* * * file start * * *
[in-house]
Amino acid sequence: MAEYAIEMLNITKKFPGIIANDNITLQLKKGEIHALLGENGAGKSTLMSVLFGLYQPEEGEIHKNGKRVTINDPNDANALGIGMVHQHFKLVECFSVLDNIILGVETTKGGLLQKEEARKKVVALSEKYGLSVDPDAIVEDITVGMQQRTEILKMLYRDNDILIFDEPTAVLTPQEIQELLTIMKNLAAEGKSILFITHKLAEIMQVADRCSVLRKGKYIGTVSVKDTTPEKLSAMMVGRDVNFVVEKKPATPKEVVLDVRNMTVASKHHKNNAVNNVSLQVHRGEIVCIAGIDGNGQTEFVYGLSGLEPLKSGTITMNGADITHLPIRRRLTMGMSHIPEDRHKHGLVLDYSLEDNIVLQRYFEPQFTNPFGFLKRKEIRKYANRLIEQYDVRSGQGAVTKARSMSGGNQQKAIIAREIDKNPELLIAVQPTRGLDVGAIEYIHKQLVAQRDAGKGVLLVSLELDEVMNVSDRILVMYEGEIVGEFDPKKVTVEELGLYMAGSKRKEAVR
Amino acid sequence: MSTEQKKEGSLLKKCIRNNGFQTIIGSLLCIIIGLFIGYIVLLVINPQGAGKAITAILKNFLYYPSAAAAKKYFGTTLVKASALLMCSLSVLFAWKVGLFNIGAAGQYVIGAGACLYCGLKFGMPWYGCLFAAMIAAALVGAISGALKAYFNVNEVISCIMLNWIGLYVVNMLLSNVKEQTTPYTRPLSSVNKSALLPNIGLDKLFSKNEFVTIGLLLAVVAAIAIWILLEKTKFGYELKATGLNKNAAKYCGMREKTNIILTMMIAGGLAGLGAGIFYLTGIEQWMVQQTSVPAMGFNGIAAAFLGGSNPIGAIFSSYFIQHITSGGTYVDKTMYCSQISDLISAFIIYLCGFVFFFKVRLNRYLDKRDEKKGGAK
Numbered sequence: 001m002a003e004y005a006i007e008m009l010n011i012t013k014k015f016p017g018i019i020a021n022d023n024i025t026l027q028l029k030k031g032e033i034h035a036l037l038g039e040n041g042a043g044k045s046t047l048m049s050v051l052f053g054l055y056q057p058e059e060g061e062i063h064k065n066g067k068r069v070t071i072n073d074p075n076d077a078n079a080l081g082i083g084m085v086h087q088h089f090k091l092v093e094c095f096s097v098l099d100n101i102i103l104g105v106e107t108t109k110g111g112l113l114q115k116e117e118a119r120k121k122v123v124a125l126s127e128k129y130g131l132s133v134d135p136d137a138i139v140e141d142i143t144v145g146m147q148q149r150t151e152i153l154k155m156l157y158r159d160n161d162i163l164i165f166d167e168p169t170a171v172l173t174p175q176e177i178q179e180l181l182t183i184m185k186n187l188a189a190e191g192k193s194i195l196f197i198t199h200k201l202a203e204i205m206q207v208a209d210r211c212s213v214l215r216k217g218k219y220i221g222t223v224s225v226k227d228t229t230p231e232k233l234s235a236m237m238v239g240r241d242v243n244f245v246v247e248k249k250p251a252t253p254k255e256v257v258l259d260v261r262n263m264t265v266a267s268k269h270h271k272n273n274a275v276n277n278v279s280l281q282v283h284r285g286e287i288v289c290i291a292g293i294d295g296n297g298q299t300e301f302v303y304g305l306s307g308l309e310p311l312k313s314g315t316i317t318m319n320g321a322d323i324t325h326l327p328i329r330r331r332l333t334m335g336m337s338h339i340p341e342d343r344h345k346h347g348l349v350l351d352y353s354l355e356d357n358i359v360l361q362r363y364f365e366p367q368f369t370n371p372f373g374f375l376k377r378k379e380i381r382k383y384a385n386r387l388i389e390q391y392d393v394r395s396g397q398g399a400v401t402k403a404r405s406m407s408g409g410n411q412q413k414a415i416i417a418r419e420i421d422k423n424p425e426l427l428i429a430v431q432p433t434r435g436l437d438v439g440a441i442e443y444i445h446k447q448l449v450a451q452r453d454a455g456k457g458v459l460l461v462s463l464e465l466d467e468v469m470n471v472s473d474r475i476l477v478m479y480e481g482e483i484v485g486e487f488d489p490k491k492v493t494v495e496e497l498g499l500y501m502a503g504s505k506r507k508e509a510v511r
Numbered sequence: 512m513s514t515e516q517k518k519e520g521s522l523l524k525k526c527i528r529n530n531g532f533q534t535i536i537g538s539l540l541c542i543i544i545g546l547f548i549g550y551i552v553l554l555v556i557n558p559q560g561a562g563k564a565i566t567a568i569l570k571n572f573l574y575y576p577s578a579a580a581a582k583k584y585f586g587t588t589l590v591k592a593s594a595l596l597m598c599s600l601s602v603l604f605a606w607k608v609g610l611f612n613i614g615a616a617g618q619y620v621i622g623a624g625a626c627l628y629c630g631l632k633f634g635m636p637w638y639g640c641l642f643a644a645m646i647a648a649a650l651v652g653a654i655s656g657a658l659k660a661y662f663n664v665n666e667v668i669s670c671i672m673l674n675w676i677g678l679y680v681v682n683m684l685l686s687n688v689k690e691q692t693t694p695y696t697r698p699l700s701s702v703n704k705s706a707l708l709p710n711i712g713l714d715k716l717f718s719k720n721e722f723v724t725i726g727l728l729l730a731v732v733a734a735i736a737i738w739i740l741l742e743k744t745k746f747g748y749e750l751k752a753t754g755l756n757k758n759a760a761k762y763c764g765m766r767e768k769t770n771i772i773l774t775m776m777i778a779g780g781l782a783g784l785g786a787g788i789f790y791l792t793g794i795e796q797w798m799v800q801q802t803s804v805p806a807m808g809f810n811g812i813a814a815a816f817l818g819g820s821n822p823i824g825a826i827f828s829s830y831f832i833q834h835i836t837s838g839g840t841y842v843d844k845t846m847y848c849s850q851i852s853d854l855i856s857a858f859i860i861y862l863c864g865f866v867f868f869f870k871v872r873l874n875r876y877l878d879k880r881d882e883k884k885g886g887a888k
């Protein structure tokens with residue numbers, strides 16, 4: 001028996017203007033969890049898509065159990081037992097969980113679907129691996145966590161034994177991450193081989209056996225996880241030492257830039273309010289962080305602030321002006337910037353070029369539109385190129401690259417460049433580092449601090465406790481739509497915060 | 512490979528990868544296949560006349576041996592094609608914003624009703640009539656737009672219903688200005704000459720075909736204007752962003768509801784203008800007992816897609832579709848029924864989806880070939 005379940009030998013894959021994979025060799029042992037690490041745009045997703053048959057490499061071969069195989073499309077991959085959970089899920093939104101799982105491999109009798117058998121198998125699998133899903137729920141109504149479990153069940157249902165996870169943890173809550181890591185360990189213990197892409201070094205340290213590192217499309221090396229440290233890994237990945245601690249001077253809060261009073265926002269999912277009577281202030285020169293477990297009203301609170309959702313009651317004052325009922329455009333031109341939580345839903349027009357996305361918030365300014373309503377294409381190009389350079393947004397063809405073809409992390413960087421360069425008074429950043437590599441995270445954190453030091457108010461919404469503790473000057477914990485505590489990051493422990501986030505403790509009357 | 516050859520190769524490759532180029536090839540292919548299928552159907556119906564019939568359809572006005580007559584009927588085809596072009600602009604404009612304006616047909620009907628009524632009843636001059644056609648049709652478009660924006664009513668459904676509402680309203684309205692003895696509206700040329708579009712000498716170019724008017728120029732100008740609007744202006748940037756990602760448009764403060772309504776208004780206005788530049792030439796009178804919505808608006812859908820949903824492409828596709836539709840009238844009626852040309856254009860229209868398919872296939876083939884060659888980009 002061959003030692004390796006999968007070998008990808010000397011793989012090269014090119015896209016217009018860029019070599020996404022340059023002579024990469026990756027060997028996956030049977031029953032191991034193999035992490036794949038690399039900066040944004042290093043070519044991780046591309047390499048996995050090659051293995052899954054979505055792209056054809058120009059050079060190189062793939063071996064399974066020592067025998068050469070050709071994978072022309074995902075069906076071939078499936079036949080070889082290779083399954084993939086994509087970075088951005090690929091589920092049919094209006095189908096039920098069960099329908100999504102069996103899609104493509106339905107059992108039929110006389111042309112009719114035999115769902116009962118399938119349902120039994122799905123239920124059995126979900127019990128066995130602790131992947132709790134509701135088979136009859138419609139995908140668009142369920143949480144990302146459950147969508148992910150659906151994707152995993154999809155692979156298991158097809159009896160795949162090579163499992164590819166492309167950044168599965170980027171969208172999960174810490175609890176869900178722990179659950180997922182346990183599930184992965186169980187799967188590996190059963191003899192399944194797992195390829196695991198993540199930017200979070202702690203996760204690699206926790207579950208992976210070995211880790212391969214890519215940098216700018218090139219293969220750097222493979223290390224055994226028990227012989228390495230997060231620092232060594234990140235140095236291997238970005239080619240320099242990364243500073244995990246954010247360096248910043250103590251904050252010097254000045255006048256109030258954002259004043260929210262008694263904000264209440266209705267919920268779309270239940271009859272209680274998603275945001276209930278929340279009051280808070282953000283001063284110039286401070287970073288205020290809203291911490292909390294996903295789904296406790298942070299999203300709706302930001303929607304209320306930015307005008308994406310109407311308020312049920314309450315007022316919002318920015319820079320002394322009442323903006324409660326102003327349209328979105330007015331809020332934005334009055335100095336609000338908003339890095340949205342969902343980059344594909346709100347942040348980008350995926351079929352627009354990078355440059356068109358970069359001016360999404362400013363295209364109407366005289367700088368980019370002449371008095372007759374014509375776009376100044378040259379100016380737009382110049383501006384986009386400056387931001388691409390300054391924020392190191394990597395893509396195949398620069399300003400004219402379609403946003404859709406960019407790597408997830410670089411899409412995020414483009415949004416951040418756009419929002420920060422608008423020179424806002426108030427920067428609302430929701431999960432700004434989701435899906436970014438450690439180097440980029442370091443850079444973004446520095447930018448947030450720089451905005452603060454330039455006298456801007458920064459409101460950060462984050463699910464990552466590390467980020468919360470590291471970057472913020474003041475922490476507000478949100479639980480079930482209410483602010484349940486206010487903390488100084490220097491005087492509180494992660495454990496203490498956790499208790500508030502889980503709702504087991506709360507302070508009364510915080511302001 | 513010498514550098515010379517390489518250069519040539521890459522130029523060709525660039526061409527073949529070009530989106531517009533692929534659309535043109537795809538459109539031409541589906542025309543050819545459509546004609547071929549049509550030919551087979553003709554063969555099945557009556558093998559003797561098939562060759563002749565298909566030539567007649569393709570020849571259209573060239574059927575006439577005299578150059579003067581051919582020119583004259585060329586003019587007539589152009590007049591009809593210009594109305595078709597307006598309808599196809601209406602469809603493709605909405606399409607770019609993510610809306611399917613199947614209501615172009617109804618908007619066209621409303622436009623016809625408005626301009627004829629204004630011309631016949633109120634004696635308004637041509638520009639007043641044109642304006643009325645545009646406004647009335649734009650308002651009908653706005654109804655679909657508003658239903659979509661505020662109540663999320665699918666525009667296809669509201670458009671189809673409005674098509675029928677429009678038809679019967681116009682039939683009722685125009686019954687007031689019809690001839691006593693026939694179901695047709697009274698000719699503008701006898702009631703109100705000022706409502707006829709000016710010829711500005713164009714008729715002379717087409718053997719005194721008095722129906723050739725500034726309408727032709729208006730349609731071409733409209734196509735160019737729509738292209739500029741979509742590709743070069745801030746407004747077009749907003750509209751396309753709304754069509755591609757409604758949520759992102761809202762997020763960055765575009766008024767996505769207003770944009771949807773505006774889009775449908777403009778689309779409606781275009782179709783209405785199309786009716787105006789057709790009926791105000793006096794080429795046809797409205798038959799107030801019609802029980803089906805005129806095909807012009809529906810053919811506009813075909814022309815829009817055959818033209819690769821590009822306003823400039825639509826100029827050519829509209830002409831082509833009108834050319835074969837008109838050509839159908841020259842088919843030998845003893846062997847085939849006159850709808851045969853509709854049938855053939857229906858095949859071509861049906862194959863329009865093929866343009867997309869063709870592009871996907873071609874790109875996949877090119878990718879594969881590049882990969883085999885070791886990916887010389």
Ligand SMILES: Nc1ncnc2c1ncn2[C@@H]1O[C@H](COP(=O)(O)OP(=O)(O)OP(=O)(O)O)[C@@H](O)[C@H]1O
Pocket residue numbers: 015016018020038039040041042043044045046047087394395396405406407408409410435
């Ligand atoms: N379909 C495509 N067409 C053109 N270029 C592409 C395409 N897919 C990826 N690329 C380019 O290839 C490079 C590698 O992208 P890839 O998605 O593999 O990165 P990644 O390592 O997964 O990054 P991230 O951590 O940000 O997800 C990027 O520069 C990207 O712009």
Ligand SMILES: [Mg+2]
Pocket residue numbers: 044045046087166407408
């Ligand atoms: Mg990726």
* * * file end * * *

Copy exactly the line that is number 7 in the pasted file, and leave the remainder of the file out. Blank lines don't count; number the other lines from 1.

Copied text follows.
Ligand SMILES: Nc1ncnc2c1ncn2[C@@H]1O[C@H](COP(=O)(O)OP(=O)(O)OP(=O)(O)O)[C@@H](O)[C@H]1O